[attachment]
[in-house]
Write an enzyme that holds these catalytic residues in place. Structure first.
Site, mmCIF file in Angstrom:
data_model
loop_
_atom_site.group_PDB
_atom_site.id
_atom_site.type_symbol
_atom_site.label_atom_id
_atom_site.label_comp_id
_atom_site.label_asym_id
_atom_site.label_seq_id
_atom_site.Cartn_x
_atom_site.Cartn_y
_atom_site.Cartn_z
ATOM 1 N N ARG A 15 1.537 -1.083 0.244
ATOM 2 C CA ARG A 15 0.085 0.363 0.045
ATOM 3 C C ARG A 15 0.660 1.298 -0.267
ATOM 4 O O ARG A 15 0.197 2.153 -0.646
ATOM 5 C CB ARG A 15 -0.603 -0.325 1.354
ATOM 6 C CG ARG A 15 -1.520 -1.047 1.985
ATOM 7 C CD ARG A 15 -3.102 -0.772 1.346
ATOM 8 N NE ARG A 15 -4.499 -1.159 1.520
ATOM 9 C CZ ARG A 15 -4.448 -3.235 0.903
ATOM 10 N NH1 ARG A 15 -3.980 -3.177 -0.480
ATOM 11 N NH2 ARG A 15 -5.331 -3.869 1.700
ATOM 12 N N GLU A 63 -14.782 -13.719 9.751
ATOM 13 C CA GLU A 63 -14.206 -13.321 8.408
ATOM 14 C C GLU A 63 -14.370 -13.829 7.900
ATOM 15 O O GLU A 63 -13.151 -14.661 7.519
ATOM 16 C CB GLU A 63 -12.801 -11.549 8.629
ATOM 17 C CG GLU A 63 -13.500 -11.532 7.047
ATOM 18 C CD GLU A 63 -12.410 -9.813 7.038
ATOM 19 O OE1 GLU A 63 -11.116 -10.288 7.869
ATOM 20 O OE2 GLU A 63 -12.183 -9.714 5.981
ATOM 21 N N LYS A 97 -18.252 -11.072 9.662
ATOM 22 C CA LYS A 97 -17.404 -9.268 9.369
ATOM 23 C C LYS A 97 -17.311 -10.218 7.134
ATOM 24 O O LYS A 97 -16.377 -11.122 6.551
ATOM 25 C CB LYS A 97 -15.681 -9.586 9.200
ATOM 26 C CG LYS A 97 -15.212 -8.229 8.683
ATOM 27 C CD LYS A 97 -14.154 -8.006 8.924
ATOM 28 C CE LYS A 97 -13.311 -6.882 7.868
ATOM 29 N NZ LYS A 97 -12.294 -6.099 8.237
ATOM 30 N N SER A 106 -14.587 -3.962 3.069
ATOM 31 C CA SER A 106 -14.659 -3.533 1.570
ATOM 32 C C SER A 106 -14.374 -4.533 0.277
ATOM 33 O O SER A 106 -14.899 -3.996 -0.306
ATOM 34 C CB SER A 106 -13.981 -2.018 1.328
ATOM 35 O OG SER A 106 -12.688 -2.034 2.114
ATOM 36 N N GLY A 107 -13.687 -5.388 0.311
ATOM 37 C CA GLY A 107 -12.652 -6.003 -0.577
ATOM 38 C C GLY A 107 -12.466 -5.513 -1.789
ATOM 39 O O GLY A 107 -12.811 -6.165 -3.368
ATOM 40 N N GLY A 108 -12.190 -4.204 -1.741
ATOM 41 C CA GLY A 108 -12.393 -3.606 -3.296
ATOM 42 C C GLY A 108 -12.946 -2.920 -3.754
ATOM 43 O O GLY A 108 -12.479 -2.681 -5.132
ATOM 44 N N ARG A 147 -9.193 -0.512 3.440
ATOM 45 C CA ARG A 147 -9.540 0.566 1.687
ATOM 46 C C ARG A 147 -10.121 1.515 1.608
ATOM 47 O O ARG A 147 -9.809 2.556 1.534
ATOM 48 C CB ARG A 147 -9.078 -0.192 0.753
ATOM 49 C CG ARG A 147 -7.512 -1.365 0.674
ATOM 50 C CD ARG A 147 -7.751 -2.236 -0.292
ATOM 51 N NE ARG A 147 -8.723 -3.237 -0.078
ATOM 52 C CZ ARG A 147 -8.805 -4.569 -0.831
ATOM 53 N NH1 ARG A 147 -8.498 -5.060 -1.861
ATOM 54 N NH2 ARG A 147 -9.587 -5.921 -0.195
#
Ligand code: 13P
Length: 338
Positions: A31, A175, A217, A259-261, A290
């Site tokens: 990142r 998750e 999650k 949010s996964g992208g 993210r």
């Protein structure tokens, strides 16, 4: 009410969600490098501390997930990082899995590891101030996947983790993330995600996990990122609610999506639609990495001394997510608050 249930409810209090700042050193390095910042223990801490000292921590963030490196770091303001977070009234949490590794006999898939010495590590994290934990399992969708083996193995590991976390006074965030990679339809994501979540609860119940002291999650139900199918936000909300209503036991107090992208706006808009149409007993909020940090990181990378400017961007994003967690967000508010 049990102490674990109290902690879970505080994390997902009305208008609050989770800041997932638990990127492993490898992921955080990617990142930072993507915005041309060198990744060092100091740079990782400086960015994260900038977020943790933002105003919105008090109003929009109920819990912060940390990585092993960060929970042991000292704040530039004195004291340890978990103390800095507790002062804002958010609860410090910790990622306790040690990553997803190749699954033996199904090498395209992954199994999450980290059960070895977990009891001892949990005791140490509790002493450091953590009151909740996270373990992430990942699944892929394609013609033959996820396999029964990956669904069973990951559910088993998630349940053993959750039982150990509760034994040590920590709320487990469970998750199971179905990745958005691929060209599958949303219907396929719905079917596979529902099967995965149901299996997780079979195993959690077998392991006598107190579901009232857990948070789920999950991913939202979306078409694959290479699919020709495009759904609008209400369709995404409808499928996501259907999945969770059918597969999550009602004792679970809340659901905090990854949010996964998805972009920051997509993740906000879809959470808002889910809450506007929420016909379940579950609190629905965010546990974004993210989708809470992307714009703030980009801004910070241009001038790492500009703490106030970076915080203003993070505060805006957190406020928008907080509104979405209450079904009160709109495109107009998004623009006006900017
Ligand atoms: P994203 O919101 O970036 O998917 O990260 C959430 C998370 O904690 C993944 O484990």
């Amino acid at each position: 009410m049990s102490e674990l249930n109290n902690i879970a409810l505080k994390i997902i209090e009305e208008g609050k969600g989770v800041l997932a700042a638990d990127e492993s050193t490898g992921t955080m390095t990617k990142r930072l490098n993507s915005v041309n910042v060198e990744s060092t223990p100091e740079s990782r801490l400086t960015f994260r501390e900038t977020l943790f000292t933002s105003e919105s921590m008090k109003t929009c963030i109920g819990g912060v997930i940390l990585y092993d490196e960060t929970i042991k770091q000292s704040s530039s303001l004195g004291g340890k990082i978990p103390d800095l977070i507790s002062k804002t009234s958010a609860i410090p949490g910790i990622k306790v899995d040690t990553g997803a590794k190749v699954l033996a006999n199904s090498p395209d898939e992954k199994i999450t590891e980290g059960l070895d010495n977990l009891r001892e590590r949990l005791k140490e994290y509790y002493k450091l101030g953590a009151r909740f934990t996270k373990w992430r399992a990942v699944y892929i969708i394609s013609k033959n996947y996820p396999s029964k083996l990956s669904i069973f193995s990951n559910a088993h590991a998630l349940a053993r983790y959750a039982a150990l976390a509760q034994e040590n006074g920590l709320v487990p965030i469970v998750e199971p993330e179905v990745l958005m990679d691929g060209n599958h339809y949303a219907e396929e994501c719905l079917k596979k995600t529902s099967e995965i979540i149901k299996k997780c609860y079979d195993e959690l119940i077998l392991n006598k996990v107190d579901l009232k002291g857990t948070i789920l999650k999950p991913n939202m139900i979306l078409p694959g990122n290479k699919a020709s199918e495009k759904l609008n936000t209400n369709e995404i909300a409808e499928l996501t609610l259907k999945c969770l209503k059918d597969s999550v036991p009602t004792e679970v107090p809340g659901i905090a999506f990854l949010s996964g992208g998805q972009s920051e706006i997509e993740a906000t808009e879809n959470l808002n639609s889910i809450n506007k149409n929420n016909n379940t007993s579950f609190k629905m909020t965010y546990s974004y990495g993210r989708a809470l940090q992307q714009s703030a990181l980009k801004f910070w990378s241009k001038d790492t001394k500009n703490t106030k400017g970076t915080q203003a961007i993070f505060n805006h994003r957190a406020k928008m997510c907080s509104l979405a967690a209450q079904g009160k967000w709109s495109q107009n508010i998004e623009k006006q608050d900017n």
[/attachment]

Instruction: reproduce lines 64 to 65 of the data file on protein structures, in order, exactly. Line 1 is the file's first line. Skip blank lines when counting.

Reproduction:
ATOM 49 C CG ARG A 147 -7.512 -1.365 0.674
ATOM 50 C CD ARG A 147 -7.751 -2.236 -0.292